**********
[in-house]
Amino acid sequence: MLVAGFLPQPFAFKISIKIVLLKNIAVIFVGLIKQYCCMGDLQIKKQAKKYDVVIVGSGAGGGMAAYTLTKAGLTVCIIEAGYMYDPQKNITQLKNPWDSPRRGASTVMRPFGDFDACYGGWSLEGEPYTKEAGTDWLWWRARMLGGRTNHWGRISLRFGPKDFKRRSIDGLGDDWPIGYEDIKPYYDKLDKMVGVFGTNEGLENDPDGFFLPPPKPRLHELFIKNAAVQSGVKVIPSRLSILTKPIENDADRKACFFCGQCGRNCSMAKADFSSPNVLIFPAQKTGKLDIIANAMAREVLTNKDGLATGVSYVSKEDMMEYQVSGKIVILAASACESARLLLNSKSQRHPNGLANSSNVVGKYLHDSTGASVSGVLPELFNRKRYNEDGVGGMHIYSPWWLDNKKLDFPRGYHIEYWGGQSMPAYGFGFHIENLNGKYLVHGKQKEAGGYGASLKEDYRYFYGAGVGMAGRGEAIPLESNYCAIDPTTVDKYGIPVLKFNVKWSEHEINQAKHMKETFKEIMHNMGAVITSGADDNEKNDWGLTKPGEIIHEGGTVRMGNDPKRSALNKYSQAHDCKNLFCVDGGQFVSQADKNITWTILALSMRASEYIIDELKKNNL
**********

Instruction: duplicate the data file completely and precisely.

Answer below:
[in-house]
Amino acid sequence: MLVAGFLPQPFAFKISIKIVLLKNIAVIFVGLIKQYCCMGDLQIKKQAKKYDVVIVGSGAGGGMAAYTLTKAGLTVCIIEAGYMYDPQKNITQLKNPWDSPRRGASTVMRPFGDFDACYGGWSLEGEPYTKEAGTDWLWWRARMLGGRTNHWGRISLRFGPKDFKRRSIDGLGDDWPIGYEDIKPYYDKLDKMVGVFGTNEGLENDPDGFFLPPPKPRLHELFIKNAAVQSGVKVIPSRLSILTKPIENDADRKACFFCGQCGRNCSMAKADFSSPNVLIFPAQKTGKLDIIANAMAREVLTNKDGLATGVSYVSKEDMMEYQVSGKIVILAASACESARLLLNSKSQRHPNGLANSSNVVGKYLHDSTGASVSGVLPELFNRKRYNEDGVGGMHIYSPWWLDNKKLDFPRGYHIEYWGGQSMPAYGFGFHIENLNGKYLVHGKQKEAGGYGASLKEDYRYFYGAGVGMAGRGEAIPLESNYCAIDPTTVDKYGIPVLKFNVKWSEHEINQAKHMKETFKEIMHNMGAVITSGADDNEKNDWGLTKPGEIIHEGGTVRMGNDPKRSALNKYSQAHDCKNLFCVDGGQFVSQADKNITWTILALSMRASEYIIDELKKNNL